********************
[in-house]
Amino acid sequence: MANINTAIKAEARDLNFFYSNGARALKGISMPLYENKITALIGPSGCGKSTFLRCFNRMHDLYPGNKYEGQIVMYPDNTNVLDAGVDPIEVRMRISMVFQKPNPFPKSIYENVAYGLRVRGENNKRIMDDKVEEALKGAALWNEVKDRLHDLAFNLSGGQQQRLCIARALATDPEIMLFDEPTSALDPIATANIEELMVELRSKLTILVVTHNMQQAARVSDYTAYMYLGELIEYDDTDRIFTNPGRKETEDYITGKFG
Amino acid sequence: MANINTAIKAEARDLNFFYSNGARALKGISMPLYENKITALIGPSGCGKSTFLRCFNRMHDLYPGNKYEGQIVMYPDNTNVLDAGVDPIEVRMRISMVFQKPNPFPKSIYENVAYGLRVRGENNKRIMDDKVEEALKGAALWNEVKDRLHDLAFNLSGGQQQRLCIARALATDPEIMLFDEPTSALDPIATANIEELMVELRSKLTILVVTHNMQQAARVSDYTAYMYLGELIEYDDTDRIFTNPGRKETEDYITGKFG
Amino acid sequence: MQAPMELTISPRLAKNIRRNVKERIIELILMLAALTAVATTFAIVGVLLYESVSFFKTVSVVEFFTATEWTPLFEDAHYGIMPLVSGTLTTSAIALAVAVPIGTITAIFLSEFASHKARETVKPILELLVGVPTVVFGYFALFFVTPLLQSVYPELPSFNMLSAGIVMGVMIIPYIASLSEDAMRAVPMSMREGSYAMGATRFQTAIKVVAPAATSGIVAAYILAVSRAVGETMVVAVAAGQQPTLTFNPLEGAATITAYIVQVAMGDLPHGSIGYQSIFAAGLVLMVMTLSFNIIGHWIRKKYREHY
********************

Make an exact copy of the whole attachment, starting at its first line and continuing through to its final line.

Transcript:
[in-house]
Amino acid sequence: MANINTAIKAEARDLNFFYSNGARALKGISMPLYENKITALIGPSGCGKSTFLRCFNRMHDLYPGNKYEGQIVMYPDNTNVLDAGVDPIEVRMRISMVFQKPNPFPKSIYENVAYGLRVRGENNKRIMDDKVEEALKGAALWNEVKDRLHDLAFNLSGGQQQRLCIARALATDPEIMLFDEPTSALDPIATANIEELMVELRSKLTILVVTHNMQQAARVSDYTAYMYLGELIEYDDTDRIFTNPGRKETEDYITGKFG
Amino acid sequence: MANINTAIKAEARDLNFFYSNGARALKGISMPLYENKITALIGPSGCGKSTFLRCFNRMHDLYPGNKYEGQIVMYPDNTNVLDAGVDPIEVRMRISMVFQKPNPFPKSIYENVAYGLRVRGENNKRIMDDKVEEALKGAALWNEVKDRLHDLAFNLSGGQQQRLCIARALATDPEIMLFDEPTSALDPIATANIEELMVELRSKLTILVVTHNMQQAARVSDYTAYMYLGELIEYDDTDRIFTNPGRKETEDYITGKFG
Amino acid sequence: MQAPMELTISPRLAKNIRRNVKERIIELILMLAALTAVATTFAIVGVLLYESVSFFKTVSVVEFFTATEWTPLFEDAHYGIMPLVSGTLTTSAIALAVAVPIGTITAIFLSEFASHKARETVKPILELLVGVPTVVFGYFALFFVTPLLQSVYPELPSFNMLSAGIVMGVMIIPYIASLSEDAMRAVPMSMREGSYAMGATRFQTAIKVVAPAATSGIVAAYILAVSRAVGETMVVAVAAGQQPTLTFNPLEGAATITAYIVQVAMGDLPHGSIGYQSIFAAGLVLMVMTLSFNIIGHWIRKKYREHY